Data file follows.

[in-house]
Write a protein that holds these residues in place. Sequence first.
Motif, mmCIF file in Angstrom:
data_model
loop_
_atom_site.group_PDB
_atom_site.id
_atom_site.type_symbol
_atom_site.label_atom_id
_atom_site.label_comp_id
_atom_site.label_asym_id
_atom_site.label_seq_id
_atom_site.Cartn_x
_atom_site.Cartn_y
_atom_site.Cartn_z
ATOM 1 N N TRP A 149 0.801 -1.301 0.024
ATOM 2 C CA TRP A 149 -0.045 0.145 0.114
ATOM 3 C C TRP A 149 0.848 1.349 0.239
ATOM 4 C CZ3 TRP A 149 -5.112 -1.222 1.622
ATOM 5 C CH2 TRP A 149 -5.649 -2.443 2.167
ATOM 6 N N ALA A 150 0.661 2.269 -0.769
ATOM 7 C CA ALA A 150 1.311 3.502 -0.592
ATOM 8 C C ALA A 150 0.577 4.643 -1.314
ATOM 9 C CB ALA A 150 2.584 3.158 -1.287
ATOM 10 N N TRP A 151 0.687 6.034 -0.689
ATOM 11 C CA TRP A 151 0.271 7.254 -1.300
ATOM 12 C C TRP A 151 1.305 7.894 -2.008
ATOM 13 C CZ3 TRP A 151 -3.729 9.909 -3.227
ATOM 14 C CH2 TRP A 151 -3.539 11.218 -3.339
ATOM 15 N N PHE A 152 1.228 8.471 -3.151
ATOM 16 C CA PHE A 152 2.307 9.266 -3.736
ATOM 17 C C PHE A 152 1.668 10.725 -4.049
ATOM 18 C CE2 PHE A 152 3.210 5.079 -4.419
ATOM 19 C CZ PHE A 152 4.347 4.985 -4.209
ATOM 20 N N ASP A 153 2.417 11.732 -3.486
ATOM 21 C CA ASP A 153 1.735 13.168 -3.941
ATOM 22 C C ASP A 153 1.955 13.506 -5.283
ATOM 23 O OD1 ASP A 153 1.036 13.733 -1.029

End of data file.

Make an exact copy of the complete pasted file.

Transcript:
[in-house]
Write a protein that holds these residues in place. Sequence first.
Motif, mmCIF file in Angstrom:
data_model
loop_
_atom_site.group_PDB
_atom_site.id
_atom_site.type_symbol
_atom_site.label_atom_id
_atom_site.label_comp_id
_atom_site.label_asym_id
_atom_site.label_seq_id
_atom_site.Cartn_x
_atom_site.Cartn_y
_atom_site.Cartn_z
ATOM 1 N N TRP A 149 0.801 -1.301 0.024
ATOM 2 C CA TRP A 149 -0.045 0.145 0.114
ATOM 3 C C TRP A 149 0.848 1.349 0.239
ATOM 4 C CZ3 TRP A 149 -5.112 -1.222 1.622
ATOM 5 C CH2 TRP A 149 -5.649 -2.443 2.167
ATOM 6 N N ALA A 150 0.661 2.269 -0.769
ATOM 7 C CA ALA A 150 1.311 3.502 -0.592
ATOM 8 C C ALA A 150 0.577 4.643 -1.314
ATOM 9 C CB ALA A 150 2.584 3.158 -1.287
ATOM 10 N N TRP A 151 0.687 6.034 -0.689
ATOM 11 C CA TRP A 151 0.271 7.254 -1.300
ATOM 12 C C TRP A 151 1.305 7.894 -2.008
ATOM 13 C CZ3 TRP A 151 -3.729 9.909 -3.227
ATOM 14 C CH2 TRP A 151 -3.539 11.218 -3.339
ATOM 15 N N PHE A 152 1.228 8.471 -3.151
ATOM 16 C CA PHE A 152 2.307 9.266 -3.736
ATOM 17 C C PHE A 152 1.668 10.725 -4.049
ATOM 18 C CE2 PHE A 152 3.210 5.079 -4.419
ATOM 19 C CZ PHE A 152 4.347 4.985 -4.209
ATOM 20 N N ASP A 153 2.417 11.732 -3.486
ATOM 21 C CA ASP A 153 1.735 13.168 -3.941
ATOM 22 C C ASP A 153 1.955 13.506 -5.283
ATOM 23 O OD1 ASP A 153 1.036 13.733 -1.029